The state of California is paying itself $500,000 for administering Gov. Gavin Newsom’s vaccine lottery.
The news, which I first reported Thursday, comes about a week after Newsom wrapped up a whirlwind series of events in which he gave away millions of dollars and other prizes to encourage Californians to get the COVID-19 vaccine. It’s also the latest piece of information to cast doubt on whether the program’s results justify the cost: Recent data shows the lottery didn’t significantly increase the number of Californians getting their first shot.
Although the vaccine incentives were well publicized, the fact that the state would be required to pay the California State Lottery — which helped Newsom run the program — was not. In a Thursday letter to the California Department of Public Health, the lottery commission explained it must be reimbursed for spending money that doesn’t relate to its purpose, which is to fund public education.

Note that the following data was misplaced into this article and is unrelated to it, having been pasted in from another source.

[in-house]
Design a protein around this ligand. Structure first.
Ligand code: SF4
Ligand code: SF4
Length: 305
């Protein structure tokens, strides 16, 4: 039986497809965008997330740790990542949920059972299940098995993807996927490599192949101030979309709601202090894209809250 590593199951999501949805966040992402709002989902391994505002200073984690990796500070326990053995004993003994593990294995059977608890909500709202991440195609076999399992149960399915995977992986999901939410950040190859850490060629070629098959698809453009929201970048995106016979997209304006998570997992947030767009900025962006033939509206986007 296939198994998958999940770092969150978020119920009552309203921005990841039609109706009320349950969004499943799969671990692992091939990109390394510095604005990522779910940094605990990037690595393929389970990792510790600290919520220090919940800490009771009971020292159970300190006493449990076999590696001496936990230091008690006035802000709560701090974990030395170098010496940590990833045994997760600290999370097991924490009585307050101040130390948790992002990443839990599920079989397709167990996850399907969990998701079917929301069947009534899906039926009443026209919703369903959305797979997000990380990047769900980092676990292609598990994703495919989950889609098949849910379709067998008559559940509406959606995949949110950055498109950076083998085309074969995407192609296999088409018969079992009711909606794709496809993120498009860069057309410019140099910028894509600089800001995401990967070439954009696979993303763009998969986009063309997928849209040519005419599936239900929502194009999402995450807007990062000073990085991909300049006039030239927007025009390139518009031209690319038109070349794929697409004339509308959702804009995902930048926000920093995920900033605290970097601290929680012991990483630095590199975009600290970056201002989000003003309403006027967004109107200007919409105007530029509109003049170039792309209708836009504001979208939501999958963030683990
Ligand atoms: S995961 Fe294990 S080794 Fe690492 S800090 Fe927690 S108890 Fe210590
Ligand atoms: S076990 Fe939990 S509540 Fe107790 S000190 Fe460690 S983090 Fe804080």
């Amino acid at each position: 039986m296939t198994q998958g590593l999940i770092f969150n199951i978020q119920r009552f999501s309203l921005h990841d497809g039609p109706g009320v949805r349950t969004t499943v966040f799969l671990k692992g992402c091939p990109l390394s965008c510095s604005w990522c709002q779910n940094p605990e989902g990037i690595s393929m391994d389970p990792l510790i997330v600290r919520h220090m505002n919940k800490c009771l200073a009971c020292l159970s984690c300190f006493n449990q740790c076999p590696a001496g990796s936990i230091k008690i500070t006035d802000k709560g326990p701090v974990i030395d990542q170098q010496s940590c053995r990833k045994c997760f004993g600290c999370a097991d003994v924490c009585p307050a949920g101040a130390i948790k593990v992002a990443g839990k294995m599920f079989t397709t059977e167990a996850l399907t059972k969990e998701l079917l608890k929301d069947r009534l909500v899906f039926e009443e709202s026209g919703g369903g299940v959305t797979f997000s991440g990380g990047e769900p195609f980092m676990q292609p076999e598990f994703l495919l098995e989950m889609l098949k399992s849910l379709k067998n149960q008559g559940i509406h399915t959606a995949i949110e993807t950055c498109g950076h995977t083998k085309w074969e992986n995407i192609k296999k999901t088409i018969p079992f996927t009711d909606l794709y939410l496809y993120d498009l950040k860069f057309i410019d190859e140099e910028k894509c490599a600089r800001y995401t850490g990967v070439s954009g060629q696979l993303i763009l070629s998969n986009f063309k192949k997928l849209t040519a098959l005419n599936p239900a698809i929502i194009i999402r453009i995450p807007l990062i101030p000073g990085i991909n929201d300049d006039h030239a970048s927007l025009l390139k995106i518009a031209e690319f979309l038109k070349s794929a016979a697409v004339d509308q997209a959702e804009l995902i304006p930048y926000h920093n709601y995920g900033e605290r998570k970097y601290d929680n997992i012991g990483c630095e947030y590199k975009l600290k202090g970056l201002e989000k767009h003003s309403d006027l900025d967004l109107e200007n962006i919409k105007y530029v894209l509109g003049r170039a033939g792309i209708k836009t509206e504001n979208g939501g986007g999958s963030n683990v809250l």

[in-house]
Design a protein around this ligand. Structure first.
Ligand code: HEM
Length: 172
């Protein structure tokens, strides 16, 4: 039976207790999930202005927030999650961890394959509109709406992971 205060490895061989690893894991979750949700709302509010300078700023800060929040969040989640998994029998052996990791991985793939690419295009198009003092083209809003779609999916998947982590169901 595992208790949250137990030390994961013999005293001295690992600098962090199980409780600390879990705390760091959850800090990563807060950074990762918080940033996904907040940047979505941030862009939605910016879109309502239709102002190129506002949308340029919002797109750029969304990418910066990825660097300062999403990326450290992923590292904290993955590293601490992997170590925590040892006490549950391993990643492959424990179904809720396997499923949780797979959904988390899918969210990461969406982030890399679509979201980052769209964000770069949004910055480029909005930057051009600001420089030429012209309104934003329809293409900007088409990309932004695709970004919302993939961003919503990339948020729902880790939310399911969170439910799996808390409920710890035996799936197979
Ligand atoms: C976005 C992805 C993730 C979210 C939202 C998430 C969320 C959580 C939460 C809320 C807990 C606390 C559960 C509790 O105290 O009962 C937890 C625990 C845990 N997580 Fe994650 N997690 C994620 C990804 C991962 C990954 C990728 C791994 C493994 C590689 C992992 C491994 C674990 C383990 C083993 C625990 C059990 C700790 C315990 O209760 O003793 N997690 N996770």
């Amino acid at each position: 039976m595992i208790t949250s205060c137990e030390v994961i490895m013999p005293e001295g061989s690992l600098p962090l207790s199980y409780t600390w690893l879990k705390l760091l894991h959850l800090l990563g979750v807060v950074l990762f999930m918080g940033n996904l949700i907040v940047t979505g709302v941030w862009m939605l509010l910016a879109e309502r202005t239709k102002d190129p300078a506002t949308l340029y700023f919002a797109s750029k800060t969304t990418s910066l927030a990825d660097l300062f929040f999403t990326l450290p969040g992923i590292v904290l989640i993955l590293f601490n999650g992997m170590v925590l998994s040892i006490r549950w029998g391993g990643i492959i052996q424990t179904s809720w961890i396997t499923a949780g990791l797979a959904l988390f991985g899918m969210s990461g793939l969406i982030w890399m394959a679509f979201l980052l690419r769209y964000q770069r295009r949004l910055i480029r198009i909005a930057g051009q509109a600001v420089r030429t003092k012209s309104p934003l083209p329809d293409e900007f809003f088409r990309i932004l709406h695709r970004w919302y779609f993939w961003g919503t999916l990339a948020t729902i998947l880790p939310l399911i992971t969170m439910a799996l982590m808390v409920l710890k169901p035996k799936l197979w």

H.D. Palmer, a spokesman for the state Department of Finance, told me California would repay the lottery commission with $500,000 from a General Fund account used for disaster response and emergency operations. However, the state will eventually reimburse itself with relief funds from the federal stimulus package President Joe Biden signed into law in March, Palmer said.
Most of the money related to the vaccine lottery will likely never come to light. California will pay out at least $116.5 million in prizes — including $1.5 million each to 10 individuals — but the state won’t share their names unless the winners give consent. Erin Mellon, a governor’s office spokeswoman, said the confidentiality of vaccination records also precludes winners’ names from being disclosed in public records requests.
Interestingly, the state isn’t paying itself in other areas of pandemic response. California businesses have paid only about 3% of fines levied by the state’s workplace safety agency for COVID violations, according to a Sacramento Bee investigation. Among those appealing their fines? The California Department of Corrections and Rehabilitation, which received a nearly $400,000 charge for transferring infected inmates to San Quentin State Prison and causing what was at one point the nation’s worst coronavirus outbreak.